Badwater Salton Sea
Last updated 5/4/2016 at 9:28am
"Because I love Borrego Springs". Hard to argue with Chris Kostman, Chief Adventure Officer and Race Director of AdventureCORPS, Inc. the host and organiser of the Badwater Salton Sea. Having lived in La Jolla and hiked, driven and cycled the area and route taken by the runners, there is no one better qualified to listen to when discussing the passion and dedication needed to run what is the second leg of the Badwater races.
Typically held in unusual and exotic locations, racers are expected to deal with freezing sleet and fog as well as desert sun when covering the mileage between Salton City and the Palomar mountain. Runners do not go in to this experience on a whim. They train and they train hard. All though this years weather is not as harsh as past years, there will still be an 80 to 90% finishing rate as runners experience miles of roads on top of an 8 mile run through the Anza-Borrego park without support crews.
Unlike a lot of races where international focus has been gained, Badwater races is considered a family event. There are 40 more racers then last year and over 100 people competing in this leg alone. 17 racers are completing all three stages of the race, including a husband and wife team.
Kostman is proud of the fact that despite the numbers, the Badwater racers are a family, the endurance and hardships draw competitors and spectators together.
Unusually, the race is different from others as it isn't run purely on pavements. As the runners take off through the beauty of the Anza-Borrego park, support crews are left behind and the runners are reliant on the basic equipment and supplies they decide to carry with them. And for the hikers among you, the eight mile hill they face will come as no surprise and no mean feat. In fact, two days are spent before the race, hiking through the park on the designated route in order to prepare the athletes for the terrain ahead.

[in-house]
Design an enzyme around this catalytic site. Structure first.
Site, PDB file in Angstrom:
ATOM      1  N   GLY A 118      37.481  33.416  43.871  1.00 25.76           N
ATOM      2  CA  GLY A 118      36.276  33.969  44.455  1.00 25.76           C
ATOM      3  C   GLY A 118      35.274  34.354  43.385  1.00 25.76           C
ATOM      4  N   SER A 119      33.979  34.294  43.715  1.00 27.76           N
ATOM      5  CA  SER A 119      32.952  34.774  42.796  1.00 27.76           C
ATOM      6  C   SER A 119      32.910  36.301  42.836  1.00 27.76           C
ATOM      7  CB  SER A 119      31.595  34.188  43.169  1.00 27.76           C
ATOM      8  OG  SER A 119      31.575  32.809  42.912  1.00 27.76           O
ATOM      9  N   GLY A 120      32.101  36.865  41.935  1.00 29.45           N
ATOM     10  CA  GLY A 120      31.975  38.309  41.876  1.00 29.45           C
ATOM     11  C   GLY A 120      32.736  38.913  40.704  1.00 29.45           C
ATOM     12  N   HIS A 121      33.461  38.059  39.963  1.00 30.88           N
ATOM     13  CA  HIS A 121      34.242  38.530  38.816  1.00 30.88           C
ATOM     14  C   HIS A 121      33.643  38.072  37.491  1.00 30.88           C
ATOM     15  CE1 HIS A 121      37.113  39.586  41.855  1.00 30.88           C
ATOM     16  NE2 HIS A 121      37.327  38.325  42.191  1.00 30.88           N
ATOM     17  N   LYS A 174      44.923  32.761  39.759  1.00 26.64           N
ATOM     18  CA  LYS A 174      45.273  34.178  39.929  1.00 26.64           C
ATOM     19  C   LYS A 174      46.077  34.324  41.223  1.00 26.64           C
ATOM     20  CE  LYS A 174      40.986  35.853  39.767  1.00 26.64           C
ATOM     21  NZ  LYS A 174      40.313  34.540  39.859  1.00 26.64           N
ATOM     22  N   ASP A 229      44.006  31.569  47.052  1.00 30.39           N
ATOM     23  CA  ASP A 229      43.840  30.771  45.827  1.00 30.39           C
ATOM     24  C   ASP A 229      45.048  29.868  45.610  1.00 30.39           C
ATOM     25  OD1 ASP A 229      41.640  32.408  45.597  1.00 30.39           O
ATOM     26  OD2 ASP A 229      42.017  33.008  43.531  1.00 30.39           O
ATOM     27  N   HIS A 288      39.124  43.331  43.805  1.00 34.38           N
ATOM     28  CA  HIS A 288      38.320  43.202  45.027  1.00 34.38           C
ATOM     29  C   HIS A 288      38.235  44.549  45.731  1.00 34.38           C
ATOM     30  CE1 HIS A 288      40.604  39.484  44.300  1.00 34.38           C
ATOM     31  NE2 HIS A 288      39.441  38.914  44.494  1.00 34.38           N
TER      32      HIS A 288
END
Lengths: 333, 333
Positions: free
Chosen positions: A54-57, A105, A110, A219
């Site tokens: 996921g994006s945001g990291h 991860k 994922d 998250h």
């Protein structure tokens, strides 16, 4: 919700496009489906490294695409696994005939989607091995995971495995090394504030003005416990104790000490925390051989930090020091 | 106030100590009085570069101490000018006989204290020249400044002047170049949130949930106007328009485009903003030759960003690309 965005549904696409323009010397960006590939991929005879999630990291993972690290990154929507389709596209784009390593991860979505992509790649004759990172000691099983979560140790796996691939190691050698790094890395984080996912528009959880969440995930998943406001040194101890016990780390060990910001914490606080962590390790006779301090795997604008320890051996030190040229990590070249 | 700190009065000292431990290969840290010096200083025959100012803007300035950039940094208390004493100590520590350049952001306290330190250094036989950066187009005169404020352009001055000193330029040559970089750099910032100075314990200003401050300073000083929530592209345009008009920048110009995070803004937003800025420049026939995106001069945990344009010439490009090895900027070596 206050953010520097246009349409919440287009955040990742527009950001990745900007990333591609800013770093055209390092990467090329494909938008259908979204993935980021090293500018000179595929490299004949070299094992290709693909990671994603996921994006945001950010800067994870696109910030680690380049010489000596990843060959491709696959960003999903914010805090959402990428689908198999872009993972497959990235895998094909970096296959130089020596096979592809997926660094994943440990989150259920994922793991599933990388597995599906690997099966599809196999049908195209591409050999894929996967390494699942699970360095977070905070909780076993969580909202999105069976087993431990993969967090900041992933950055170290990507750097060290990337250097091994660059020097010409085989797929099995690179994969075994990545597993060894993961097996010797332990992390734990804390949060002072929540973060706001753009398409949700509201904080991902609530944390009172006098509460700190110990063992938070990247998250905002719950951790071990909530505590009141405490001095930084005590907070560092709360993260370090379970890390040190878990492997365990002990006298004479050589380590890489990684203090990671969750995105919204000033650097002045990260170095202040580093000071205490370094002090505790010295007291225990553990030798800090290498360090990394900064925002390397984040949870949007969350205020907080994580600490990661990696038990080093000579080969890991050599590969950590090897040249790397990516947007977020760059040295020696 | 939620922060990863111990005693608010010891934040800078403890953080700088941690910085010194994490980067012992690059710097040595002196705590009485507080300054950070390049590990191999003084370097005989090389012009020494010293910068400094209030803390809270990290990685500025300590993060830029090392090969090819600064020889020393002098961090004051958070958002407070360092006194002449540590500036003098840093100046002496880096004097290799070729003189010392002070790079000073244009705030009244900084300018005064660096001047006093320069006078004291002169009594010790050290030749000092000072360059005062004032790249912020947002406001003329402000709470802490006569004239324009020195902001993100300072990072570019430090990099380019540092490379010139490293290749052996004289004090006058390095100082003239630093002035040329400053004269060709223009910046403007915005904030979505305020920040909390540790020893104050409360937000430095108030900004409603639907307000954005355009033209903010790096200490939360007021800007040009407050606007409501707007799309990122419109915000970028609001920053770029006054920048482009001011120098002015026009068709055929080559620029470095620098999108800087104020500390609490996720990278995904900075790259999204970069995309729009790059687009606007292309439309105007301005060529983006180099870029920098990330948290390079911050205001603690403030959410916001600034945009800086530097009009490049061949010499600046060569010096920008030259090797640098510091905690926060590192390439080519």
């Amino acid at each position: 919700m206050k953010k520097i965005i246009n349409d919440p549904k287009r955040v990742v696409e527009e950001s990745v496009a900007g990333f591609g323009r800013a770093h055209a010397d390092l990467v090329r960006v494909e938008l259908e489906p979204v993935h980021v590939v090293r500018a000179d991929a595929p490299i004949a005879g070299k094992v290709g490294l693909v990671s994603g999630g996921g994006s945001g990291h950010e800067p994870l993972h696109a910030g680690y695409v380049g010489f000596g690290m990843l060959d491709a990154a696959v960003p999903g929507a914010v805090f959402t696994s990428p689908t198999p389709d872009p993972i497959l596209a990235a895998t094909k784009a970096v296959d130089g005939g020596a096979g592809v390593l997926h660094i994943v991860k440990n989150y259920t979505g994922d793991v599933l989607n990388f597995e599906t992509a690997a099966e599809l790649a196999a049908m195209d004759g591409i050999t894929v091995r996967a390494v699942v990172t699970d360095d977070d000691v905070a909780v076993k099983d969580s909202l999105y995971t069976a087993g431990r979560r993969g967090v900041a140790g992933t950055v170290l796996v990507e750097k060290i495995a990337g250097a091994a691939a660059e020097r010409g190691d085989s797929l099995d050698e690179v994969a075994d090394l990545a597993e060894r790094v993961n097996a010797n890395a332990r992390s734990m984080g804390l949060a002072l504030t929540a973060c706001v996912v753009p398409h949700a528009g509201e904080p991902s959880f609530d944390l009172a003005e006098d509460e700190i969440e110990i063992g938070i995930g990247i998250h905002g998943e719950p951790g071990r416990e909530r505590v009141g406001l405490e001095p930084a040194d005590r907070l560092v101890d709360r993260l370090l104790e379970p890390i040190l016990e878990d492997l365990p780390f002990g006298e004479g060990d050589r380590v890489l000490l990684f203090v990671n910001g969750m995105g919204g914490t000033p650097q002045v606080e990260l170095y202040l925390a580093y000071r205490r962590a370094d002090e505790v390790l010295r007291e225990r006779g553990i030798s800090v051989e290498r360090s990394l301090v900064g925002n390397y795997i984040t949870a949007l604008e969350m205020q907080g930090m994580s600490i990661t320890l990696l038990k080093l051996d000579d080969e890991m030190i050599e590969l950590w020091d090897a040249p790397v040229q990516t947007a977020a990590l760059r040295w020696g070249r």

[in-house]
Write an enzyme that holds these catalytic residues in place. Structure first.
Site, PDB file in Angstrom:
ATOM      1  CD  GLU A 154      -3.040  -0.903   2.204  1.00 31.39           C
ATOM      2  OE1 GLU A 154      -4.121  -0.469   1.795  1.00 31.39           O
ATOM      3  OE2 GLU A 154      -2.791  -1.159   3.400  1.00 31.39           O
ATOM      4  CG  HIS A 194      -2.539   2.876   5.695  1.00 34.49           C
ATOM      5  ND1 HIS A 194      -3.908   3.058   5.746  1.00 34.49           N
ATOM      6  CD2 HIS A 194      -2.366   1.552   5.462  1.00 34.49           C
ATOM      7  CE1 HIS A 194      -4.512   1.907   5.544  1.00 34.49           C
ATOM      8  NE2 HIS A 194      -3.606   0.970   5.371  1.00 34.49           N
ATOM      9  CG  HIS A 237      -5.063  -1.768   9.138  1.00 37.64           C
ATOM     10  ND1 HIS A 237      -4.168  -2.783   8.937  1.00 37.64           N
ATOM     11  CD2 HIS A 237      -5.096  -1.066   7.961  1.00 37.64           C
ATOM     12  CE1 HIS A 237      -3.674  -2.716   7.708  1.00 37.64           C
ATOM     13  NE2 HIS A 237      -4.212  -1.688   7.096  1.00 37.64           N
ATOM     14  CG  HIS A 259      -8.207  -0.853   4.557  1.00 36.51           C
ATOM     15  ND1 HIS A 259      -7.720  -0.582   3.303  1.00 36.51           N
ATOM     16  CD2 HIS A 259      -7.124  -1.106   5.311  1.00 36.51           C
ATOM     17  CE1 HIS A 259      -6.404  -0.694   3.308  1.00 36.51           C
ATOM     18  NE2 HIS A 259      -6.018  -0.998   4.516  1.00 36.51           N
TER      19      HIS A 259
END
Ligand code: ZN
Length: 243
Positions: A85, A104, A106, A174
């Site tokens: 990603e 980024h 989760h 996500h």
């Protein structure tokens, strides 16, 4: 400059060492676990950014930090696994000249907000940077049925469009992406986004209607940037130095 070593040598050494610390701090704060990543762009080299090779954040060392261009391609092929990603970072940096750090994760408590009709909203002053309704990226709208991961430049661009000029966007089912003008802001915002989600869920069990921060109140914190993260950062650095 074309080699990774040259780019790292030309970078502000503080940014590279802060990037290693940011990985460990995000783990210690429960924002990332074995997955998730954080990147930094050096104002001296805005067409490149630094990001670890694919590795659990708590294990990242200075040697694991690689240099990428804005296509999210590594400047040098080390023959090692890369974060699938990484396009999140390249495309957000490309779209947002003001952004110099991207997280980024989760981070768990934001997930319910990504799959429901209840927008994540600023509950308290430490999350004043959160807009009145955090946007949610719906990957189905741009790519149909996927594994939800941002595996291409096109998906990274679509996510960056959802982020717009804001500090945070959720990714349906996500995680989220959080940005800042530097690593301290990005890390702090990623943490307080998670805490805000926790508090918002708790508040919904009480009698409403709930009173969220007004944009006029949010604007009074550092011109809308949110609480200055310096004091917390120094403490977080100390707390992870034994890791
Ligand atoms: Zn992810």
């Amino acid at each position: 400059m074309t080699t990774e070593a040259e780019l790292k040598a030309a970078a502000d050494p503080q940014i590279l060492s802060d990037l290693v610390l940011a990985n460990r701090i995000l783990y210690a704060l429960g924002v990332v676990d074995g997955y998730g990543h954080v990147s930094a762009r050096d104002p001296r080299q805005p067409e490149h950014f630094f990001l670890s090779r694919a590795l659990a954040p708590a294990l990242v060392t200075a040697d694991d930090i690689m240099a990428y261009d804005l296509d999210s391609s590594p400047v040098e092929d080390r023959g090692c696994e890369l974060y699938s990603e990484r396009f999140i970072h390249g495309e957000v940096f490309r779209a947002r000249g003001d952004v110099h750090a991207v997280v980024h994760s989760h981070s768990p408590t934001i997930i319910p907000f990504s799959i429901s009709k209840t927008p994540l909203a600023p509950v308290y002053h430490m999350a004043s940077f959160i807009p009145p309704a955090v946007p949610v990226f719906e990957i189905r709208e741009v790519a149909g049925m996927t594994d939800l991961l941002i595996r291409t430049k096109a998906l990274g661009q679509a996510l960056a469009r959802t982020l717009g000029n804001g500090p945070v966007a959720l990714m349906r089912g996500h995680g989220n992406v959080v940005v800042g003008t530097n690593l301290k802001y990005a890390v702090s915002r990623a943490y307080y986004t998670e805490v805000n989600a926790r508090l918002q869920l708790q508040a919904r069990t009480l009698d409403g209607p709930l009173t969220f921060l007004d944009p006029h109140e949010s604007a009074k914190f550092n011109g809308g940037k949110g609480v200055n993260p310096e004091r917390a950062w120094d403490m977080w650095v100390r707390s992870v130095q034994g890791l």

Kostman is no stranger to the dedication needed to persevere through an endurance race, according to his bio 'He set world ultra cycling records in high school in 1984 and 1985 (riding against the clock from San Francisco City Hall to Los Angeles City Hall) and completed the 3127-mile, eleven-day Race Across America bicycle race at age 20 in 1987. That was a springboard to competing in events as diverse as the Triple Ironman in France, the 6.5-mile Skaha Lake Ultra Swim in Canada, three 100-mile snowshoe races in Alaska, and scores of 24-hour mountain bike races and 200-mile or longer road bike races. This led to a career producing some of the toughest endurance events available through his company, AdventureCORPS, Inc.'. No small achievement when you add in the fact that he also found time to train and be educated as an archaeologist and works part-time in that field, both undersea and on land in the Middle East and South Asia.
From the fascination of the Salton Sea, the tranquility and raw nature of the Anza-Borrego Park to the heights of the Palomar Mountains, these athletes get to see the beauty we sometimes take for granted and the reality, few of us get to experience.
The Sun will be covering the race and bringing you interviews from some of the racers themselves. If you would like to show your support, racers will be passing the Borrego Springs Resort, Sunday between 11.00 and 3.30p.m